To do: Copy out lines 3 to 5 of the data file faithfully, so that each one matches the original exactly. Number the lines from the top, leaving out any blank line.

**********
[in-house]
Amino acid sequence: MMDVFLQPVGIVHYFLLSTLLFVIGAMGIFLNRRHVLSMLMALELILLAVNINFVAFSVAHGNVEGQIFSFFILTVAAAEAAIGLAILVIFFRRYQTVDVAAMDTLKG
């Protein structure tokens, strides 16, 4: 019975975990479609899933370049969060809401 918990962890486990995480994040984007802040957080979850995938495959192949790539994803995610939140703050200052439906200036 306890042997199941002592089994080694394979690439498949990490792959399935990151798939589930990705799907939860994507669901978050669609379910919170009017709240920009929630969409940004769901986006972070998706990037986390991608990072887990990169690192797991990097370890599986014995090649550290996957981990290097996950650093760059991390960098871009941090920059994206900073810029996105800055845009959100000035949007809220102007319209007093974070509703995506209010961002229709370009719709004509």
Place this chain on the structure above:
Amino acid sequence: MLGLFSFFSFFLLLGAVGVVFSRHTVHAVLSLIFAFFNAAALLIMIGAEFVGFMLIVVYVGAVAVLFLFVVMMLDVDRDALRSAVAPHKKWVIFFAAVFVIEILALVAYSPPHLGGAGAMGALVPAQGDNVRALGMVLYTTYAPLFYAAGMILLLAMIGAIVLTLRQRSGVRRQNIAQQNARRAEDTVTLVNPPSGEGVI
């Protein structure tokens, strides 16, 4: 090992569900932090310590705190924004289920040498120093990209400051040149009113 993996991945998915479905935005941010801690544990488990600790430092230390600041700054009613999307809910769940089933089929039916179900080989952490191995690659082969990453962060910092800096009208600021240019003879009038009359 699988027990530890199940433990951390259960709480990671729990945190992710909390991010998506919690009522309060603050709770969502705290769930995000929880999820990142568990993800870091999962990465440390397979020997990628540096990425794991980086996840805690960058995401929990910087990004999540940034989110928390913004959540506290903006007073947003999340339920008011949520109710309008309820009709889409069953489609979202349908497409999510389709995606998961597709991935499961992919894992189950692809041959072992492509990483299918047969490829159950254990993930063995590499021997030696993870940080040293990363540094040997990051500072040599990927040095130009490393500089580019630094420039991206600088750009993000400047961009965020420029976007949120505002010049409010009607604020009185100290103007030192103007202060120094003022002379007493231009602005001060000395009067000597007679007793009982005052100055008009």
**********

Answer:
């Protein structure tokens, strides 16, 4: 019975975990479609899933370049969060809401 918990962890486990995480994040984007802040957080979850995938495959192949790539994803995610939140703050200052439906200036 306890042997199941002592089994080694394979690439498949990490792959399935990151798939589930990705799907939860994507669901978050669609379910919170009017709240920009929630969409940004769901986006972070998706990037986390991608990072887990990169690192797991990097370890599986014995090649550290996957981990290097996950650093760059991390960098871009941090920059994206900073810029996105800055845009959100000035949007809220102007319209007093974070509703995506209010961002229709370009719709004509």
Place this chain on the structure above:
Amino acid sequence: MLGLFSFFSFFLLLGAVGVVFSRHTVHAVLSLIFAFFNAAALLIMIGAEFVGFMLIVVYVGAVAVLFLFVVMMLDVDRDALRSAVAPHKKWVIFFAAVFVIEILALVAYSPPHLGGAGAMGALVPAQGDNVRALGMVLYTTYAPLFYAAGMILLLAMIGAIVLTLRQRSGVRRQNIAQQNARRAEDTVTLVNPPSGEGVI